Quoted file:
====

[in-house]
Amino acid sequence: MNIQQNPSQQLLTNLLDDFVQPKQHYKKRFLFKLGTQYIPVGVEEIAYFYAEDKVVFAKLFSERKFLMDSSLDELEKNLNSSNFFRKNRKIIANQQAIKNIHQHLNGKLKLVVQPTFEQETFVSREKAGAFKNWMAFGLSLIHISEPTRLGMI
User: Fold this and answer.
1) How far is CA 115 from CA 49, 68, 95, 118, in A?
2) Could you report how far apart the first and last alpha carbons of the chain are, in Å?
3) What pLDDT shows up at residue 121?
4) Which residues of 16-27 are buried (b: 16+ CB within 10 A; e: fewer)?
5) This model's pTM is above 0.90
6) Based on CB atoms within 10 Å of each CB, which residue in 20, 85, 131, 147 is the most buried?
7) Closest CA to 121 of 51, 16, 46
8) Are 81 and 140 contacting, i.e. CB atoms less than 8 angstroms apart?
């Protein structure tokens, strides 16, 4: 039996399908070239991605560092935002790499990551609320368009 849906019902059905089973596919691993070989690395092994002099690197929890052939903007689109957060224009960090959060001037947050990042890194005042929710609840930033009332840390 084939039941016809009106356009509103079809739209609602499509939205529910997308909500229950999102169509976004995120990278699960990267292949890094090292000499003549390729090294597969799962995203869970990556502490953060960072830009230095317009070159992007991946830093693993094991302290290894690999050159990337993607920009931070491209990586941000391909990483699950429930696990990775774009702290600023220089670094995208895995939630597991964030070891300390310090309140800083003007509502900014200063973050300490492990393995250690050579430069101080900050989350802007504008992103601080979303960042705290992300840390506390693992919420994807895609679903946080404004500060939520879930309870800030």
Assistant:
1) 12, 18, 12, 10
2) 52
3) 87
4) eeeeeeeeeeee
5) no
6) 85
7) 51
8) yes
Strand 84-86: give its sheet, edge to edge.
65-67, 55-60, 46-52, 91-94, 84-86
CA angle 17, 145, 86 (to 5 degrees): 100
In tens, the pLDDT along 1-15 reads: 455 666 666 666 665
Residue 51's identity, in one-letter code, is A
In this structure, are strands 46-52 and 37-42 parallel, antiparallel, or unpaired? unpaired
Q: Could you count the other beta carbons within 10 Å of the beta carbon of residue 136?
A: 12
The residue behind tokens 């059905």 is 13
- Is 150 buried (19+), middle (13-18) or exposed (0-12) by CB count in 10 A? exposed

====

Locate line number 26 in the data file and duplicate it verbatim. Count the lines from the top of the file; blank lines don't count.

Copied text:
Residue 51's identity, in one-letter code, is A